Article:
Remembering the Dust Bowl
The Dust Bowl was a significant event in our country's history that had various lasting effects on American Society. Social, economic, and political changes occurred because of this disastrous and difficult time in America. The Dust Bowl was a turning point in the Great Plaines, moreover, Oklahoma, Colorado, New Mexico, Kansas, and a small portion of Texas. It changed life as Americans knew it during the 1930’s. It created a large economic and agricultural recession. This left the United States in a greater deficit than it previously stood which was originally created by the Great Depression. The Dust Bowl retrieved its name after Black Sunday on April 14, 1935. Prior to 1935 many dust storms had occurred. In 1932 a calculation of fourteen dust storms were recorded in the Plains and by 1938 there were a total of 38 storms recorded. The Dust Bowl is described as one of the most catastrophic events of the early 1900s. The Great Plains was a region of the United States that witnessed 100 million acres of topsoil being stripped from over used farmland. It was characterized by many factors such as poor farming practices, severe wind storms, and droughts lasting several years. It was an immense and powerful storm that literally covered the Midwest and blanketed many states by making their acres of farmland highly unusable. One analytic historian inquired, “Ultimately it resulted in the activation of a geomorphic process (intense wind erosion) which, when human society could not adapt to it, cascaded into unprecedented agricultural, economic, and societal collapse in its core region.” (A Critical Evaluation of the Dust Bowl and its Causes).The Dust Bowl is frequently referred back to as an example of a manmade environmental disaster. However, the destruction primarily affected the farming in the Great Plains because the terrain is mostly grassland and it relies on the root systems of grasses to hold down the topsoil necessary for producing crops. Unfortunately, popular farming practices that were utilized to preserve top soil were not used to prevent this occurrence. This inquisition, along with weather conditions, provided insight as a few causes of the Dust Bowl.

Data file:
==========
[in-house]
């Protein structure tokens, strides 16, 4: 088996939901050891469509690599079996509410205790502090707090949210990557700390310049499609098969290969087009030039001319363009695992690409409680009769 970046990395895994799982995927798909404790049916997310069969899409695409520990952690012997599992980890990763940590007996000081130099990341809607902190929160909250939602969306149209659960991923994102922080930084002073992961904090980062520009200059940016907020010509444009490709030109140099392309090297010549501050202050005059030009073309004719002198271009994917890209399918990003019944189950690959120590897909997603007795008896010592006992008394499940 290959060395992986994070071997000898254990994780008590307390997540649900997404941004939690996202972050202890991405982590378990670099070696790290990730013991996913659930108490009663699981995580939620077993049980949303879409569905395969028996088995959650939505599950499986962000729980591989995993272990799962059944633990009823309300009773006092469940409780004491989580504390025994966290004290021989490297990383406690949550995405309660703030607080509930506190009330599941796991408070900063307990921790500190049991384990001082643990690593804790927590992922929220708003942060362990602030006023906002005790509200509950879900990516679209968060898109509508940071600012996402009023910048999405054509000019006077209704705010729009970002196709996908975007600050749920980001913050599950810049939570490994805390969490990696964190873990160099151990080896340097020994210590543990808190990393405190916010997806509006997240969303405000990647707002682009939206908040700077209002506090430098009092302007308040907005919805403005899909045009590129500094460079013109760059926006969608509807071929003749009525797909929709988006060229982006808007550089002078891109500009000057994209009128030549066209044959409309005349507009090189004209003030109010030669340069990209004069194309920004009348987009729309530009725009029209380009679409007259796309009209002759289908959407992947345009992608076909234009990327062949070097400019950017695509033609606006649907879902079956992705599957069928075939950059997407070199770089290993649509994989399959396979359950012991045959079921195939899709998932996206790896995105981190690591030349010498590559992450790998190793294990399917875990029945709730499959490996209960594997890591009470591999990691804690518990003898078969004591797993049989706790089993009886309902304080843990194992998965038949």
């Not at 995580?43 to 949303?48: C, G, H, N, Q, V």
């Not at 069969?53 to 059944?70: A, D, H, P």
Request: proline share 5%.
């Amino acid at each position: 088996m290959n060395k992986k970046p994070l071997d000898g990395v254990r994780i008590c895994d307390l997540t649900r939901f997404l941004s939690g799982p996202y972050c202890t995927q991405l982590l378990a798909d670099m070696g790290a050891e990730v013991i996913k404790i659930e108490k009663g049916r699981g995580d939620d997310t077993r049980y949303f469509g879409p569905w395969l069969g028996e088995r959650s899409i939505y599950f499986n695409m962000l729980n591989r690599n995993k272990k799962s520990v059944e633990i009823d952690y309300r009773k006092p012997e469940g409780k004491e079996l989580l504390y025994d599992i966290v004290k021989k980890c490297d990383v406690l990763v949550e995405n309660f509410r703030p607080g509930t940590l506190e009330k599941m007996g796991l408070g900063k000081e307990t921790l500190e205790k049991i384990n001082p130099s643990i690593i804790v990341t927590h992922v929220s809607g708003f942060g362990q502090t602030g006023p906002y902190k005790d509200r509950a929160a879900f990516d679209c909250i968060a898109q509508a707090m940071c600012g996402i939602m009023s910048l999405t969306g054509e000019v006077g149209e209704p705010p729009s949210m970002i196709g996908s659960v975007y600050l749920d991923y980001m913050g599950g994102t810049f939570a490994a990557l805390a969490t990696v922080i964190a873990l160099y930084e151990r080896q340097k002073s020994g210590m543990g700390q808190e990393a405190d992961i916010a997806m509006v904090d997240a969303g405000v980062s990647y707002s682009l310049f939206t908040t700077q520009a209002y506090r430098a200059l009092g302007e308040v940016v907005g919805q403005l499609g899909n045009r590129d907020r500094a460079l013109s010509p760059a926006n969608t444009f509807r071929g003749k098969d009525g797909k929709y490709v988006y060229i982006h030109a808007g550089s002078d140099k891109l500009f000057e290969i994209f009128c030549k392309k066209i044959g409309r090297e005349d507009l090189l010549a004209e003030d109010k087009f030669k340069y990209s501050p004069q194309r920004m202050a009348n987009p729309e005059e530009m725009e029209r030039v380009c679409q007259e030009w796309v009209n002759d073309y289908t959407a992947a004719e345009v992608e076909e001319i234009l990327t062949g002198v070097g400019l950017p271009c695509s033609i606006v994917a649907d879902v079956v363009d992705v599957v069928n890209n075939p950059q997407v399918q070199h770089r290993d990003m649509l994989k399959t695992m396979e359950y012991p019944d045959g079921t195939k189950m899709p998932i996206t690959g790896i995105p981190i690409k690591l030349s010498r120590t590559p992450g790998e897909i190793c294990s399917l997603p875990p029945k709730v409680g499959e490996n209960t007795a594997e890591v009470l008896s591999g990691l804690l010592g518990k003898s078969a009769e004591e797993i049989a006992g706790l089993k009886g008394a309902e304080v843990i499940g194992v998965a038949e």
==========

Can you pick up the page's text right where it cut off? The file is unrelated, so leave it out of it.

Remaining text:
Although humans were not the main cause of the Dust Bowl, they played an active role. Poor agricultural practices and years of constant drought caused the Dust Bowl. During the years when there was a sufficient amount of rainfall, the farmland produced an immense amount of vegetation and crops. Vegetation and crops are supposed to be grown according to the type of crop they are, and based on the crop type they are placed in specific areas around the field. In addition, farmers also began to plow the natural grass cover and plant their own crops. Since the original root systems of the grass were not available to hold down the soil, most of it blew away and disintegrated. The wide row crops were catastrophic because between the crops, the land was kept plain. The soil became exhausted because the nutrients in it were being utilized by the plants quicker than they could be replaced. This in effect, caused droughts to occur during the early 1930s. Farmers continued planting and plowing, and as expected, nothing would cultivate and the ground cover that concealed the nutrient filled soil was diminished. Since there was nothing left to secure the topsoil, the land became easily accessible for enormous amounts of dust to be blown huge distances by the winds in the area. . By 1934, it calculated that over 100 million acres of farmland had lost most or all their topsoil to the winds. These winds varied anywhere from zero to sixty five miles per hour. The southern Plains winds’ thrashed across the farmlands and fields which raised billowing clouds to the sky. As winds picked up and crops died, more dust storms began to occur. For days on end the sky could darken, and in some areas the dust glided similarly to snow, layering farmsteads. An...
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